The Hook: The Dead Hamlets by Peter Roman

The Dead Hamlets
The Hook:

I lost the angel Baal in Berlin during a rainstorm of biblical scale. Some might say the weather was a sign of things to come, or maybe a sign of things past. But if there was one thing I’d learned over the ages, it was that the weather was usually just the weather. Usually. So instead of killing Baal and getting drunk on his heavenly grace, I found a bar on a quiet street and got drunk on regular spirits instead. It wasn’t the same, but I’d learned to make do. 

Make that drunker. I hadn’t been sober in months, not since the Barcelona Incident. The less said about that, the better. Let’s just say if I didn’t have a reason to kill angels before, I had one now.

Peter Roman writes:
The first few paragraphs of a novel are always the most important ones to me as a reader. They’re what’ll hook me or lose me. They tell me what I need to know about the style of the book, the writing level of the author, the genre coordinates — basically the whole works.
That means the first few paragraphs of a novel are also the most important ones to me as a writer. So how did I begin my new novel, The Dead Hamlets? By using the ol’ dark and stormy night intro.

It’s a dangerous game opening a book like that. But it’s the perfect start for a tale that is so strongly connected to the theatre world. The Dead Hamlets is a ghost story of sorts, where the immortal Cross must solve the mystery of who or what is killing the members of the faerie queen’s court. As it turns out, Cross’s search leads him to an ancient and startling secret about the Shakespeare play Hamlet. There’s a long tradition of dark and stormy nights in the theatre — lots of blackouts and thunder sound effects. The first stage directions of Macbeth, for instance, are “Thunder and lightning.” So I was hinting at the subject matter of my book in its opening lines. Shortly after that initial scene, I have Cross stumble into a theatre full of the dead — at which point things really get dark and stormy!

There’s a bit of the noir to this opening, too. Cross often treads the same moral ground as Raymond Chandler’s Philip Marlowe, and he operates in the shadows just as many hard-boiled detective characters do. Cross has seen it all and done it all, thanks to his immortality.

Then there’s the angel Baal, who is mentioned in that first line. Opening with Cross hunting the angel immediately sets the tone for the book and tells us a bit about his character. This is a dark and gritty urban fantasy, populated with dangerous and sometimes unpleasant people. Readers of the first book in the series, The Mona Lisa Sacrifice, will see immediately that Cross is in a grim place mentally as he’s back to hunting angels for their heavenly grace, which he needs to power his supernatural abilities. He loses Baal and then gets drunk (and later beat up), which tells us that he’s still making a mess of his life. Some things never change for Cross.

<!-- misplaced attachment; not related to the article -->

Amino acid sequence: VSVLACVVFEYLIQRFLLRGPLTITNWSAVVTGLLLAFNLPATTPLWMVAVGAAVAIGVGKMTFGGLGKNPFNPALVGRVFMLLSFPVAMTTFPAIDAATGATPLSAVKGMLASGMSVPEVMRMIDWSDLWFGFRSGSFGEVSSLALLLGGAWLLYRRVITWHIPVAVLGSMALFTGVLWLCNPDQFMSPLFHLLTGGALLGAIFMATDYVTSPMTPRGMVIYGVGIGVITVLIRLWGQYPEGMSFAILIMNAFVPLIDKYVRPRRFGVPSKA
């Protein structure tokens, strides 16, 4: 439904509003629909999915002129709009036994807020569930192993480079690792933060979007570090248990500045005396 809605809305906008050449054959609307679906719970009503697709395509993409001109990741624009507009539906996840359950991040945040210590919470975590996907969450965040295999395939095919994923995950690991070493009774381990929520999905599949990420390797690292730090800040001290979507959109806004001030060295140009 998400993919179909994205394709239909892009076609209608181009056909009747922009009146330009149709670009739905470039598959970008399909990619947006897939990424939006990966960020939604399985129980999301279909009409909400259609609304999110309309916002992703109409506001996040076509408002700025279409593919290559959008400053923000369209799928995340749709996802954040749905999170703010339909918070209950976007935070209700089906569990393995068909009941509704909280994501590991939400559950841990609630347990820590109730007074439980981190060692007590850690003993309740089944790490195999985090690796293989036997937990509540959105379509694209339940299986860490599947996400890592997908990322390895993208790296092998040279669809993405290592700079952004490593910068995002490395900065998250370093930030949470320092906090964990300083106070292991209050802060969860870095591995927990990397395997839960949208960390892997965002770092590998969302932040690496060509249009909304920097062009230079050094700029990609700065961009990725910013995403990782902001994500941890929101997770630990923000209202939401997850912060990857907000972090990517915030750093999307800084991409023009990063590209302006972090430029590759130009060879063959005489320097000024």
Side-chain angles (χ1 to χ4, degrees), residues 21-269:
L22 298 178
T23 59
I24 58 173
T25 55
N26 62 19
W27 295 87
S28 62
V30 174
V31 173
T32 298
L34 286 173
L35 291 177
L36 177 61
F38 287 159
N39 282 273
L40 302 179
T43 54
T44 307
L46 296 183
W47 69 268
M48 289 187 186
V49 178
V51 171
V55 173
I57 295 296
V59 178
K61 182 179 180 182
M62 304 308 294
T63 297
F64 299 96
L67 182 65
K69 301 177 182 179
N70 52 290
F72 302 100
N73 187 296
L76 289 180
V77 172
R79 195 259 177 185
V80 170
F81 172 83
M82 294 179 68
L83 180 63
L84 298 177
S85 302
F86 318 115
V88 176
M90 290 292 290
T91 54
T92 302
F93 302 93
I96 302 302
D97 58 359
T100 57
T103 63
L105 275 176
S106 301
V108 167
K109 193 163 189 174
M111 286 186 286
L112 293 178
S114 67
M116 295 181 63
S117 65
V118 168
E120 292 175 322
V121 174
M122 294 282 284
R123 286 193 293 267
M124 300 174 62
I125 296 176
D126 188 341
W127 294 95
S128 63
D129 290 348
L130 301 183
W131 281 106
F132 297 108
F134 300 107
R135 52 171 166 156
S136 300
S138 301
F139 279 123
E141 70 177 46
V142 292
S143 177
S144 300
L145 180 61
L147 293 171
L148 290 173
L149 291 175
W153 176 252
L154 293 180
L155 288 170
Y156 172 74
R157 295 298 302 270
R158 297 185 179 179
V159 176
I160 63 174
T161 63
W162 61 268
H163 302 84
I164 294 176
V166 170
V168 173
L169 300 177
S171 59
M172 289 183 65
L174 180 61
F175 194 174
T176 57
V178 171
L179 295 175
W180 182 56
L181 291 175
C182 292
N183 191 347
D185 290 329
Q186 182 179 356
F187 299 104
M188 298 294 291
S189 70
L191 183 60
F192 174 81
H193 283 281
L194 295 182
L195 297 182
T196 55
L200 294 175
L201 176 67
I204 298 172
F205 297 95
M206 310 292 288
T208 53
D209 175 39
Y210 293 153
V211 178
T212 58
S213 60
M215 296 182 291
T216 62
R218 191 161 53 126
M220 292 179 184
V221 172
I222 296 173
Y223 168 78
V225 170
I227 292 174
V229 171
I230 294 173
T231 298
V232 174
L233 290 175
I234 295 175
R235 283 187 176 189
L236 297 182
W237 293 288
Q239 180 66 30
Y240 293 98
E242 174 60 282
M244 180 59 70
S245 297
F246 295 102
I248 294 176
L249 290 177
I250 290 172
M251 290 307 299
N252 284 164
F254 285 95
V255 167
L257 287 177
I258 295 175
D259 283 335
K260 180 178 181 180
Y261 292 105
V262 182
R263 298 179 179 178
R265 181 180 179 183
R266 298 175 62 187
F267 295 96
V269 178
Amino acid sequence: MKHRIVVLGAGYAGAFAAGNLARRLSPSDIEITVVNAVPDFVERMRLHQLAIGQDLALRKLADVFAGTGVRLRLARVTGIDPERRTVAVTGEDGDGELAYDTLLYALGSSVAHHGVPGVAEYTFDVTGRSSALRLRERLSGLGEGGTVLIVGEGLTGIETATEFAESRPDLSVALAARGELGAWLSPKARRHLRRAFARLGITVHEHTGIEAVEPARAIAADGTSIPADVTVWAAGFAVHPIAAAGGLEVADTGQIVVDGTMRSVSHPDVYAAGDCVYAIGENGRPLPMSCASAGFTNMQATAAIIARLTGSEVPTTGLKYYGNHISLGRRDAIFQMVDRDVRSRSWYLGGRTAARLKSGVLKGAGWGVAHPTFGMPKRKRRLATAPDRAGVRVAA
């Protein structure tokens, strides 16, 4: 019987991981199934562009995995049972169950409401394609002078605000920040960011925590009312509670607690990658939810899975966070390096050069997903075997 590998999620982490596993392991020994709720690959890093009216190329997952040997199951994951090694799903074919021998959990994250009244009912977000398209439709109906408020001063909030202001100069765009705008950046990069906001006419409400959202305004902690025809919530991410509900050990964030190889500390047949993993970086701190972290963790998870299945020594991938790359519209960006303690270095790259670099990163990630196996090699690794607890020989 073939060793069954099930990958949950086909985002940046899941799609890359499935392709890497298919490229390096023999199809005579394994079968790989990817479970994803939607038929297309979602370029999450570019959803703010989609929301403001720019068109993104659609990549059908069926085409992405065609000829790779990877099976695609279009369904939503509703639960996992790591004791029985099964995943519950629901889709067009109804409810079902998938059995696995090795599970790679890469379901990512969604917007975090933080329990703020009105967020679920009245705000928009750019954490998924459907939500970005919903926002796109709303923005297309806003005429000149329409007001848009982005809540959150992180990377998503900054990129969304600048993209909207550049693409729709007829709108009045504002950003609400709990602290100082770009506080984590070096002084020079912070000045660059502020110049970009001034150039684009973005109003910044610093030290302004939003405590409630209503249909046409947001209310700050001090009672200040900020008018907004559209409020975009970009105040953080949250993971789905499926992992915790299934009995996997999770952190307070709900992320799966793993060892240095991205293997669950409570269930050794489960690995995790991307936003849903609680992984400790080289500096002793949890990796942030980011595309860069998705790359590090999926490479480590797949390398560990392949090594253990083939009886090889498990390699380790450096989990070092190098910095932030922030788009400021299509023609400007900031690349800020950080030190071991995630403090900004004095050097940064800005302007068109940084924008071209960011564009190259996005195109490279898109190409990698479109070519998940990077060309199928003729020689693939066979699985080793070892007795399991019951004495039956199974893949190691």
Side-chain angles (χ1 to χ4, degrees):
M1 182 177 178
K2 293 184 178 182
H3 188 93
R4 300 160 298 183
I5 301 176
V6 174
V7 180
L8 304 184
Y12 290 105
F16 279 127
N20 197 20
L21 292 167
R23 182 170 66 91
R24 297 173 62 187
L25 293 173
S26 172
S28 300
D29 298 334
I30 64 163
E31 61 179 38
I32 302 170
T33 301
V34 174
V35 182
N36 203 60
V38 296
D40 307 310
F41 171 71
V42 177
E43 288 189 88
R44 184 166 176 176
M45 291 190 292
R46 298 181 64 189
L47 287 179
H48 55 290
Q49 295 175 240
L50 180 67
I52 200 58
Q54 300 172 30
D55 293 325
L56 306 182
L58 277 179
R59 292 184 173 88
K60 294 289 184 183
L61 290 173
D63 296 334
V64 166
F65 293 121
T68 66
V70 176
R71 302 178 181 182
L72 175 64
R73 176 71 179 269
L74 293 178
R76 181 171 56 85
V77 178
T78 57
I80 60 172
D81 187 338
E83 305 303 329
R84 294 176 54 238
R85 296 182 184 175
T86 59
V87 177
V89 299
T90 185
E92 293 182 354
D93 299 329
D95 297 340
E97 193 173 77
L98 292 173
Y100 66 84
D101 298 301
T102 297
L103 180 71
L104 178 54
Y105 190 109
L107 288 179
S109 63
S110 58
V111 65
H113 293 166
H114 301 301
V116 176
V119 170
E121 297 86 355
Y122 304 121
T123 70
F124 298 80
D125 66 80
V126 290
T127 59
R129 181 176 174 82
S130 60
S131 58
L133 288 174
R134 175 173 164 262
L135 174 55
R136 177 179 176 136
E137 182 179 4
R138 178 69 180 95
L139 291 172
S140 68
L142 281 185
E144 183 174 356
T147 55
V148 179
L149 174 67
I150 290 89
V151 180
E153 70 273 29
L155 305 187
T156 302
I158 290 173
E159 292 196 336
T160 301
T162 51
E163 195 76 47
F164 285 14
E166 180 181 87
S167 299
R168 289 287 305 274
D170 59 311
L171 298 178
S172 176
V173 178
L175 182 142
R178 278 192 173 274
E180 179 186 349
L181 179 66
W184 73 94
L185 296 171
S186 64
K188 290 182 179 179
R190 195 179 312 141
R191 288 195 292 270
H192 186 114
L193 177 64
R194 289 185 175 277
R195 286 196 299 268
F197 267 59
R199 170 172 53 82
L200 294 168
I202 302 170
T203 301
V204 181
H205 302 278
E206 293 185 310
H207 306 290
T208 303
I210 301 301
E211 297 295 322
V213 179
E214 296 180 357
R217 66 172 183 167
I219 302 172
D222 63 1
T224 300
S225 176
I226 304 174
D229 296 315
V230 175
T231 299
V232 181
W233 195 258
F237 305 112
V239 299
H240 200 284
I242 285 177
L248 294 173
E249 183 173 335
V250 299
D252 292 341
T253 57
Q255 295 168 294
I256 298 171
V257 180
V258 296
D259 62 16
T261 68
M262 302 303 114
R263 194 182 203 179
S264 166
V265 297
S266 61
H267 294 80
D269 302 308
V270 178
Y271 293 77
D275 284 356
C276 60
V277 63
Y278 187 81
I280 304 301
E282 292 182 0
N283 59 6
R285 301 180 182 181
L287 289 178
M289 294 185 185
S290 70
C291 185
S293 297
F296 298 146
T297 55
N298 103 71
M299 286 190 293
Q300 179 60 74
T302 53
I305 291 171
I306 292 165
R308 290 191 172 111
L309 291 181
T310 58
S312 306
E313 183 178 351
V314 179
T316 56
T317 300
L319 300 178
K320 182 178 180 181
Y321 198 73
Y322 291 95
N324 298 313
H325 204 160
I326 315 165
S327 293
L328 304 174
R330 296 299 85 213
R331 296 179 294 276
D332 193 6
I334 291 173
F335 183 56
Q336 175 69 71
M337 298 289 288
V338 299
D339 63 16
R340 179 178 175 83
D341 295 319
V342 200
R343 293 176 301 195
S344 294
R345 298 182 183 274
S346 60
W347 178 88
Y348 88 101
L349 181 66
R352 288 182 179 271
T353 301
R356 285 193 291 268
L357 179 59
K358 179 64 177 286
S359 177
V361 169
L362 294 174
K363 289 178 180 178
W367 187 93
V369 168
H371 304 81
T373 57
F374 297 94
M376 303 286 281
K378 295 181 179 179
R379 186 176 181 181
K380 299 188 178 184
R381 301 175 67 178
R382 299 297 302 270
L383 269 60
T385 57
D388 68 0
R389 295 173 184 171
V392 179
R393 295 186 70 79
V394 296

Plus, there’s that word “Baal.” The very sound of it is dark and foreboding. This is a book where nothing good is going to happen if characters have names like that.Introducing an angel in the very first sentence of the novel also sets up the supernatural nature of this book. Readers won’t be surprised when other crazy creatures show up, such as the real Witches of Macbeth, the eerie Alice from the Alice in Wonderland tales, a demon, a god of the dead — and a very supernatural and very nasty Shakespeare. If you’re down with the angel, then you’ll be fine with everybody else that arrives with weapons drawn.

As for Berlin? It sets the international scope of this book and reinforces the moodiness of the story. Berlin’s not exactly a place with a lot of happy memories and pleasant associations, after all. And I admit it’s a very subtle nod to the Wim Wenders film Wings of Desire, which featured angels hiding out in Berlin. Nick Cave, who has a cameo in the film, would probably feel at home in The Dead Hamlets.The last hook I put in the opening of The Dead Hamlets was the mention of The Barcelona Incident. This kind of lets readers know Cross has a back story and sets up where the book is in the series overall — The Mona Lisa Sacrifice opens and ends on two very different Barcelona incidents, so it’s a rich reference.

There you have it. In a couple of paragraphs I tried to set up the mood and plot of The Dead Hamlets, give an insight into Cross’s state of mind, and describe how the book relates to the first one in the series. Did all these hooks succeed? I suppose the true test of that is if you keep on reading the story. I certainly hope you do, as I’ve got a lot of tales to tell about Cross and his crazy group of friends.
About the author:
Peter Roman is the alter ego of Peter Darbyshire, a Canadian writer. Roman is the author of The Mona Lisa Sacrifice and The Dead Hamlets, while Darbyshire has written the novels The Warhol Gang and Please, which won Canada’s national ReLit Award for best novel. Both of them share an office in Vancouver, where there are no angels. You can follow their adventures at
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